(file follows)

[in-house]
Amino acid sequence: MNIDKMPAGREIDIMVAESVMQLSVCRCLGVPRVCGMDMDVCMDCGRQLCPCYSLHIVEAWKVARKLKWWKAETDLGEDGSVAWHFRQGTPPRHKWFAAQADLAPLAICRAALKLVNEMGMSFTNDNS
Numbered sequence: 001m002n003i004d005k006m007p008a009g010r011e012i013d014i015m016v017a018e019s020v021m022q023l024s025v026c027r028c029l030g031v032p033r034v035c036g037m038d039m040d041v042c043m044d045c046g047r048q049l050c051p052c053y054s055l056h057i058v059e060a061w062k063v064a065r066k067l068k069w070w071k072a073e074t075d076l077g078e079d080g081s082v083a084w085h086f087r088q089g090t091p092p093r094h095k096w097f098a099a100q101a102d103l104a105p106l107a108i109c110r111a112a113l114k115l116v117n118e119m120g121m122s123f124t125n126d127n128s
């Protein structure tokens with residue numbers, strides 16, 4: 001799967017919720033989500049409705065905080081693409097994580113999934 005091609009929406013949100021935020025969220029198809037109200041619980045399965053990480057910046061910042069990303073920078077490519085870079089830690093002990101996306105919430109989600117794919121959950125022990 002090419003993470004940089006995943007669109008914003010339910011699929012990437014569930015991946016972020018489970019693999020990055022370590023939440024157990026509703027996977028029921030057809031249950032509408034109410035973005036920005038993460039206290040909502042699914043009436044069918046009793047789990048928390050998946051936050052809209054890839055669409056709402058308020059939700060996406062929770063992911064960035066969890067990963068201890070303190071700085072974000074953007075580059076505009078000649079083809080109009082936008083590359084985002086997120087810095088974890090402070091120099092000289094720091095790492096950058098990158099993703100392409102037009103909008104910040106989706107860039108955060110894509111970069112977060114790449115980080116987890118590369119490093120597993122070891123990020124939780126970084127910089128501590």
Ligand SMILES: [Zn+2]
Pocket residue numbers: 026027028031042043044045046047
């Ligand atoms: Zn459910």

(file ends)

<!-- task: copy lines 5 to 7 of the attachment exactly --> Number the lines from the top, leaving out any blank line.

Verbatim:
Ligand SMILES: [Zn+2]
Pocket residue numbers: 026027028031042043044045046047
């Ligand atoms: Zn459910």